The scenery from Bakersfield to Barstow, and then on to Needles, across the mountains and down to the desert, was magnificent, but I felt like I was viewing it distantly, on a very small television. It was like something out of an old Western, especially the closer I got to Needles. I have heard that California is many states rolled into one, and I certainly had proof of it on this trip. I saw parts that I had never seen before, or had never seen by car, which makes a big difference; even the familiar parts looked strange, as if they had been flipped upside down. As a child, I remember once or twice experiencing a strange sense of disorientation, in which suddenly directions seemed to have reversed themselves when I came to a familiar place from a different angle. That sensation was something like what I experienced on this trip.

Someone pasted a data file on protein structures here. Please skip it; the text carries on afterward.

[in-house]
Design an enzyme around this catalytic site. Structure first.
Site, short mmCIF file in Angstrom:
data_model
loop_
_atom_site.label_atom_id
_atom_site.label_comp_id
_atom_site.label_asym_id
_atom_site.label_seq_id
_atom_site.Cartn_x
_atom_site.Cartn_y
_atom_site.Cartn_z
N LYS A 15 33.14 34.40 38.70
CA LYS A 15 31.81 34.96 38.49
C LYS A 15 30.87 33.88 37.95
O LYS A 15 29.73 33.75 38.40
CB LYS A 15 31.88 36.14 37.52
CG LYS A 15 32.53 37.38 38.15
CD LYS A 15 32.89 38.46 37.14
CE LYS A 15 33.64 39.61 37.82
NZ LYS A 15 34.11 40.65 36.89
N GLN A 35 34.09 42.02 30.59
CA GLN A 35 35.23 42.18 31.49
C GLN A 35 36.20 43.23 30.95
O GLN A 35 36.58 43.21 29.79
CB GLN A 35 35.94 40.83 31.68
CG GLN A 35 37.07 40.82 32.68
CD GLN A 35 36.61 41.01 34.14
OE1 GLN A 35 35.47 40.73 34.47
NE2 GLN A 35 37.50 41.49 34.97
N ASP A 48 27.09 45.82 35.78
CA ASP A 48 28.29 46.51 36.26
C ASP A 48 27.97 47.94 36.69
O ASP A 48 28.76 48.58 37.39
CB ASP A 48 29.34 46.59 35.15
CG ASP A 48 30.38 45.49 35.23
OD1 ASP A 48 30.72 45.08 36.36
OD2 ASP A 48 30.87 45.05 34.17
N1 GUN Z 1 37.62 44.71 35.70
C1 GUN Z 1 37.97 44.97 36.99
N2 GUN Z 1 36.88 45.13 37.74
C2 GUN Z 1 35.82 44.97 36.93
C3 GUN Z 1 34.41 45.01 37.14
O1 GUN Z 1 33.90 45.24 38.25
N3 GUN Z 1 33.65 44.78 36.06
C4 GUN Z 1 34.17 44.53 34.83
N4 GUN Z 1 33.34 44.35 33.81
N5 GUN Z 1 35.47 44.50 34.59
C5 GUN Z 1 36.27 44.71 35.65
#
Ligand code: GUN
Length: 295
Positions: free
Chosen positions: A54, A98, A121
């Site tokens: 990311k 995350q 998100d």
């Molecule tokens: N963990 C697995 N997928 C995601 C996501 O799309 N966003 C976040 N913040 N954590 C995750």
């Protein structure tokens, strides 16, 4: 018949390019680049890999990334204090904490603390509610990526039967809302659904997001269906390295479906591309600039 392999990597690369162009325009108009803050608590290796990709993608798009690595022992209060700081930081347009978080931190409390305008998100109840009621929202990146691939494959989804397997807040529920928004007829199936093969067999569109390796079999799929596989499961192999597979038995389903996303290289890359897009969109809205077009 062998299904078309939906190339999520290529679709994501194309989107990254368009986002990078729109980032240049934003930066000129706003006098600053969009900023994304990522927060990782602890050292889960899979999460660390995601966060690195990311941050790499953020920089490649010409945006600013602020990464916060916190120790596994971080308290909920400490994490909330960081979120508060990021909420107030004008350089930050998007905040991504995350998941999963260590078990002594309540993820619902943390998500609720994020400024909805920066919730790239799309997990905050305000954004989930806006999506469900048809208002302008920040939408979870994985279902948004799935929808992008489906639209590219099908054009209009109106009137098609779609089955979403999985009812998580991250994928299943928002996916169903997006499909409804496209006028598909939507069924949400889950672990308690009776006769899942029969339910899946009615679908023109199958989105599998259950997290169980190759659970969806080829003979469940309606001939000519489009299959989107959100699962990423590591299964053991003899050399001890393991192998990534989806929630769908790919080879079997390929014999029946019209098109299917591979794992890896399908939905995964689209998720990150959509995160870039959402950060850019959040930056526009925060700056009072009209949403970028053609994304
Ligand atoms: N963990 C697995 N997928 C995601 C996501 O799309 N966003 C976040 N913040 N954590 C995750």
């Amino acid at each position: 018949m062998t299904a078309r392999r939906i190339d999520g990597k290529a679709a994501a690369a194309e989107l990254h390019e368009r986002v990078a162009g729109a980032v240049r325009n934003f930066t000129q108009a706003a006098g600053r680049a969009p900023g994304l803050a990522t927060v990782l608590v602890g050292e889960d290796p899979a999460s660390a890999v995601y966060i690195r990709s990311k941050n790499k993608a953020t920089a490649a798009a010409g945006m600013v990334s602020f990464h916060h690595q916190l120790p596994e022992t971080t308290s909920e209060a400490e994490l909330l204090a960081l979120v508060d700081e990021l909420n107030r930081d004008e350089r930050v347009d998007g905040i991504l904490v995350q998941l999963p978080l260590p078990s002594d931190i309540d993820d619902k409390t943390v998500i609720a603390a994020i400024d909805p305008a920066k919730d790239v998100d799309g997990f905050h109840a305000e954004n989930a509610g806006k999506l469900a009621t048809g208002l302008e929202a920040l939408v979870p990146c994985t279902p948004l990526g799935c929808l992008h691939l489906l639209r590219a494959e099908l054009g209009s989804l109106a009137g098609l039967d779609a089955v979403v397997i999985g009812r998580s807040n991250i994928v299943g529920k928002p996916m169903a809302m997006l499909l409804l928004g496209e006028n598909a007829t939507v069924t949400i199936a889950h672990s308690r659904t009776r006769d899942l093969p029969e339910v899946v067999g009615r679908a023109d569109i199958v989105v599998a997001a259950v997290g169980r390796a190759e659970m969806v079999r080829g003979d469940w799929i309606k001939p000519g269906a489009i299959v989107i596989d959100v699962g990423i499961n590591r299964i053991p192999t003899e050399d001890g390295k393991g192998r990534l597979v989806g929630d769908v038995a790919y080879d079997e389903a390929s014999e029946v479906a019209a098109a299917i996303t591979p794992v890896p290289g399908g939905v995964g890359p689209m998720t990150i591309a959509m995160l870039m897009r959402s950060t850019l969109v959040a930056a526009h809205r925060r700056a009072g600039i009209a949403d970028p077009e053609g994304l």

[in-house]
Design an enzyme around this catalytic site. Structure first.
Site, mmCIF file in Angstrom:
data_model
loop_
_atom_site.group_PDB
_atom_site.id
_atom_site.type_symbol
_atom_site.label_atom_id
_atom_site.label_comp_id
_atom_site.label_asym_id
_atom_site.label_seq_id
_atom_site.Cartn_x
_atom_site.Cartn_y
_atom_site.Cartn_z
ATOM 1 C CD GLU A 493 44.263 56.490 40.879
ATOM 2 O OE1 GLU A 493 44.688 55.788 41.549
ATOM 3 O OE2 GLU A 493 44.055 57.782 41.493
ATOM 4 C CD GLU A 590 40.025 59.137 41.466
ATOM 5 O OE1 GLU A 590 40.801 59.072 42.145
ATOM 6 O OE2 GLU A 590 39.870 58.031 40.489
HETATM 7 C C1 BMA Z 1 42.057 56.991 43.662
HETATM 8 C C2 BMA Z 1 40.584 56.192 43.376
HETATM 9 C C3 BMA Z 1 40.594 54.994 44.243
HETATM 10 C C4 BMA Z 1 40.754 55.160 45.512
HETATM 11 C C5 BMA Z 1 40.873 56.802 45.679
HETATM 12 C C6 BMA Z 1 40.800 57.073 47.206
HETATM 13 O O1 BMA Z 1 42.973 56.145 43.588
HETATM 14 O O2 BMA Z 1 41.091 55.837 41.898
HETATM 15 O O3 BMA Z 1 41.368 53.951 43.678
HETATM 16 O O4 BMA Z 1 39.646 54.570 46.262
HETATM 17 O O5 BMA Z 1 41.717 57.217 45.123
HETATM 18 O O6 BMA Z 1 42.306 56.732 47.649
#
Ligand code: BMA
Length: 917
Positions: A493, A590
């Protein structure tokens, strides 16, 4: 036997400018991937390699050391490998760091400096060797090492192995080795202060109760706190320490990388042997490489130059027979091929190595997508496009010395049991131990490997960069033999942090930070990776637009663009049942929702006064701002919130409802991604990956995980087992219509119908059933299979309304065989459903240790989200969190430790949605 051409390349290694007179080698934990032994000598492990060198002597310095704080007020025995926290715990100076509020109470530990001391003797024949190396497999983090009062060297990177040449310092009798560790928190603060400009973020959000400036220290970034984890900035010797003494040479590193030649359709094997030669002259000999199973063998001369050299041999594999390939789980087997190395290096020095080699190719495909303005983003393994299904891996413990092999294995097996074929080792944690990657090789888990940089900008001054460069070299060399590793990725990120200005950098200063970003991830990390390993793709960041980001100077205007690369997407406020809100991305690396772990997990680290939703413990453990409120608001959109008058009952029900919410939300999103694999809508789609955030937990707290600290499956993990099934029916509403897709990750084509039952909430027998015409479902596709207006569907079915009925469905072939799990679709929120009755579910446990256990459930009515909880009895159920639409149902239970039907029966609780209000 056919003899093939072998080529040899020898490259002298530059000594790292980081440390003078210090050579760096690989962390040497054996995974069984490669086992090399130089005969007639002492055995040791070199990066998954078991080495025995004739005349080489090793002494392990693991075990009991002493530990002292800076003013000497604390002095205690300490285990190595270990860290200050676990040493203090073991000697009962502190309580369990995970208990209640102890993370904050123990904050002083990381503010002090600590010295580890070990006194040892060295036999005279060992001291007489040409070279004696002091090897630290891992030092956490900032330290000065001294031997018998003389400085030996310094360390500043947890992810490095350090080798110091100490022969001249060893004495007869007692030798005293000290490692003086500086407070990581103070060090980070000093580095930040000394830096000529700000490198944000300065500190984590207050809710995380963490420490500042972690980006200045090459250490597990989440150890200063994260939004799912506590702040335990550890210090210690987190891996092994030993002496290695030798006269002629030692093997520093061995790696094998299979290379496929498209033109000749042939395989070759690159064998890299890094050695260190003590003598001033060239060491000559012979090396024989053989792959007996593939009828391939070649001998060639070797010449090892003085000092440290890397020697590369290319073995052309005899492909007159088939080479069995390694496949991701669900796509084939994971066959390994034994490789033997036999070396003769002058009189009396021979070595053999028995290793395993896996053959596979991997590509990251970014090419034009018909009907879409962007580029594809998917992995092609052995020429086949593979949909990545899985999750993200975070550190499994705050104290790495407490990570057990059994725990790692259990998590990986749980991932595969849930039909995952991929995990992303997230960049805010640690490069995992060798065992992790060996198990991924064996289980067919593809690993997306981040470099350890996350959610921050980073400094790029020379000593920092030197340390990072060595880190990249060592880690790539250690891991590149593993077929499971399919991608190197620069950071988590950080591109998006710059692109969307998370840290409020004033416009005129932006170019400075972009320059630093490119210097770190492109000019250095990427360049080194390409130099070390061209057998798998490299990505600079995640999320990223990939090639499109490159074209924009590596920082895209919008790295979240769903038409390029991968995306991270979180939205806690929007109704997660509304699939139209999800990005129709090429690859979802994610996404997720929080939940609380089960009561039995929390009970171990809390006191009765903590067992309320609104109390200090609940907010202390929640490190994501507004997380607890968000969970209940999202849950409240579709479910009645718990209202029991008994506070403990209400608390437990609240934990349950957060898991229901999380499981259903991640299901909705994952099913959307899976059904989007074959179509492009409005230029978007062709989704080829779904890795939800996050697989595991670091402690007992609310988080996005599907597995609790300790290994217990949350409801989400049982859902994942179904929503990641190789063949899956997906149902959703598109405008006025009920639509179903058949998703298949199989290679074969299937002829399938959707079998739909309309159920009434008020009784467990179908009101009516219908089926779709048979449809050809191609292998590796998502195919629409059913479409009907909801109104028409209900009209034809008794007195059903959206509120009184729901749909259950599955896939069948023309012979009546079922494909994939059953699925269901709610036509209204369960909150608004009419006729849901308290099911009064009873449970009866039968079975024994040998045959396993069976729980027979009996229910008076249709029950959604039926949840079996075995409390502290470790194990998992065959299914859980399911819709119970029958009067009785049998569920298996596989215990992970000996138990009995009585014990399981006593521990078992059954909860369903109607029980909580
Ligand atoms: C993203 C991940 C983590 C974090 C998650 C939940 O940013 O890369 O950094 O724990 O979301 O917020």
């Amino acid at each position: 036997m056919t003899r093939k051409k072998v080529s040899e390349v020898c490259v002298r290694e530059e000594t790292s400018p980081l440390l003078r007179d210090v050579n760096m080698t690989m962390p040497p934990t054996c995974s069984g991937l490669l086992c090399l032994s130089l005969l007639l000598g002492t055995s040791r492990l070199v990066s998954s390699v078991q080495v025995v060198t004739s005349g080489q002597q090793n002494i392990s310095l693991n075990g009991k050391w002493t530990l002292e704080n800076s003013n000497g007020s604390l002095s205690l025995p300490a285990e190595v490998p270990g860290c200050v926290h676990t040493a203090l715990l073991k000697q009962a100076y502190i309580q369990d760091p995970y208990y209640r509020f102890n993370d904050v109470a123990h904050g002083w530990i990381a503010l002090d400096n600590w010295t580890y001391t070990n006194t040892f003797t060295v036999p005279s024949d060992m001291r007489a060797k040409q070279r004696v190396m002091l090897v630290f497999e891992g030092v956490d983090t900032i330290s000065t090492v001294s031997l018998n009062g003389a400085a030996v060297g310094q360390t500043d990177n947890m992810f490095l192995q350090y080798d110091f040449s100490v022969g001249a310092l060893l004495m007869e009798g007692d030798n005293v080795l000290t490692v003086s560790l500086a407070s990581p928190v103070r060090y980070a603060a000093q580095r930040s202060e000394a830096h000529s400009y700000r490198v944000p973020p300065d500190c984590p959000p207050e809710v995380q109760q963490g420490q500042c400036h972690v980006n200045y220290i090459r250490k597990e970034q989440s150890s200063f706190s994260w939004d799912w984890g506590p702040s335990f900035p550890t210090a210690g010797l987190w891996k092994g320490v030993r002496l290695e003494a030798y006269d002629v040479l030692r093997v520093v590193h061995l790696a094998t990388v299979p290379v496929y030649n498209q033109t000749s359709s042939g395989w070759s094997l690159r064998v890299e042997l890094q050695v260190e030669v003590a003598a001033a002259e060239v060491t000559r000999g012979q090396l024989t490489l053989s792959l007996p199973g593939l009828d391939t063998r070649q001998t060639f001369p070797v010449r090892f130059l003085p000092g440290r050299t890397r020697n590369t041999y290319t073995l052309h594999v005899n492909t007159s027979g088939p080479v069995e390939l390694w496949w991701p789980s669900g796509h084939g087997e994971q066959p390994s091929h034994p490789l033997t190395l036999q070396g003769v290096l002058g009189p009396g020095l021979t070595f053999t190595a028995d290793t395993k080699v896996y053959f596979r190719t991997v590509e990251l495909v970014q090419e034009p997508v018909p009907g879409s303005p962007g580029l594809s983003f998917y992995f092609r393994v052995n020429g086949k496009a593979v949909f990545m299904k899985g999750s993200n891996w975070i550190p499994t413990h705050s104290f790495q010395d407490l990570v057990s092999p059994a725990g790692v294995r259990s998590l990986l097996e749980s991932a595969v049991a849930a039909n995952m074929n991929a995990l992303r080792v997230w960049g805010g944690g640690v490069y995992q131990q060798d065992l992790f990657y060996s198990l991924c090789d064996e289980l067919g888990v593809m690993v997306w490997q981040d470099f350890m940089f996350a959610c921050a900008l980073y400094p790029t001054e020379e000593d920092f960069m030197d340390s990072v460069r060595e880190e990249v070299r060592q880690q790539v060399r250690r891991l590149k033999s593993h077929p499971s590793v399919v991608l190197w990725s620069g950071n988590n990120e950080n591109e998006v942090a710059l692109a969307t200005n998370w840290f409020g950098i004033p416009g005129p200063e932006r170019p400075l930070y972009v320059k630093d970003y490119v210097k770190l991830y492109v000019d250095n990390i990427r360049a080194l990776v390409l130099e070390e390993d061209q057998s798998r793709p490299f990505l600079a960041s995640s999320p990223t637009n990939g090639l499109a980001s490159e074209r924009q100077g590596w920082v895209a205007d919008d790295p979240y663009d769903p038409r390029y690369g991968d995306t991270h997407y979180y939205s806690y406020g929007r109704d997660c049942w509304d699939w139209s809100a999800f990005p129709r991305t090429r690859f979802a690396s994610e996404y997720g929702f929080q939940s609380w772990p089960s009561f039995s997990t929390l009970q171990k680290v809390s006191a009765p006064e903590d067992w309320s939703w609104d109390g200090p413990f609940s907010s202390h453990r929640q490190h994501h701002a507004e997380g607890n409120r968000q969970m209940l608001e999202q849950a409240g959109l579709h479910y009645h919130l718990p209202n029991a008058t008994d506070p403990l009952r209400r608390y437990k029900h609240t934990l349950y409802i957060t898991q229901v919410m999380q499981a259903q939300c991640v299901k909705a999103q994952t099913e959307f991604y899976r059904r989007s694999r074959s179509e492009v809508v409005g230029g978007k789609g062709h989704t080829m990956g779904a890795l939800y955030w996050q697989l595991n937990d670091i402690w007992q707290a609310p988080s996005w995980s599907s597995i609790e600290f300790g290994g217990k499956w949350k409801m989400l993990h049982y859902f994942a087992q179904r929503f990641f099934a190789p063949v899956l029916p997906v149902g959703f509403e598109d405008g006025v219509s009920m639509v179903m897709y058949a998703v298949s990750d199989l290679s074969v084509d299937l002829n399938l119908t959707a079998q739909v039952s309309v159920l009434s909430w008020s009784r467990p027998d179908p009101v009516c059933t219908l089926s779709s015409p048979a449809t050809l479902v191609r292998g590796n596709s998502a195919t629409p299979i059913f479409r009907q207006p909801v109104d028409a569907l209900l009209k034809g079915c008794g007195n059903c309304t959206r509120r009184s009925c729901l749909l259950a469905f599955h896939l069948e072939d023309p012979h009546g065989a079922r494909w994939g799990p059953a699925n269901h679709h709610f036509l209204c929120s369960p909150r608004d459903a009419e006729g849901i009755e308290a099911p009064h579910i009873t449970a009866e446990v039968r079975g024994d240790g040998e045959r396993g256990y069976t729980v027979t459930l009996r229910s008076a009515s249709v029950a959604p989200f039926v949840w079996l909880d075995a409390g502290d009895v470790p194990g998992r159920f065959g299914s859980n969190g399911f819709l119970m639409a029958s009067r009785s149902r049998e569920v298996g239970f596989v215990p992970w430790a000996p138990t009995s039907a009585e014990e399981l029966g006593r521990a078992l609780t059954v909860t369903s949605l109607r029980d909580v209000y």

I stopped not long after dark in Kingman, Arizona, where I ended up in a room with a loose safety latch; traveled on the next day to Amarillo, Texas, where I had the identical problem with a safety latch in a different hotel chain; and finally decided I was getting home no matter what, so that I drove carefully and methodically across parts of five states before crossing back into Kentucky and collapsing at a Sheraton on the outskirts of Lexington. I took what was almost a semi-vacation that last day, going to the mall, buying chocolates, and shopping. I came back to my apartment the next day, Wednesday, and thought about kissing the door frame once I was inside. (I was so tired, I forgot.)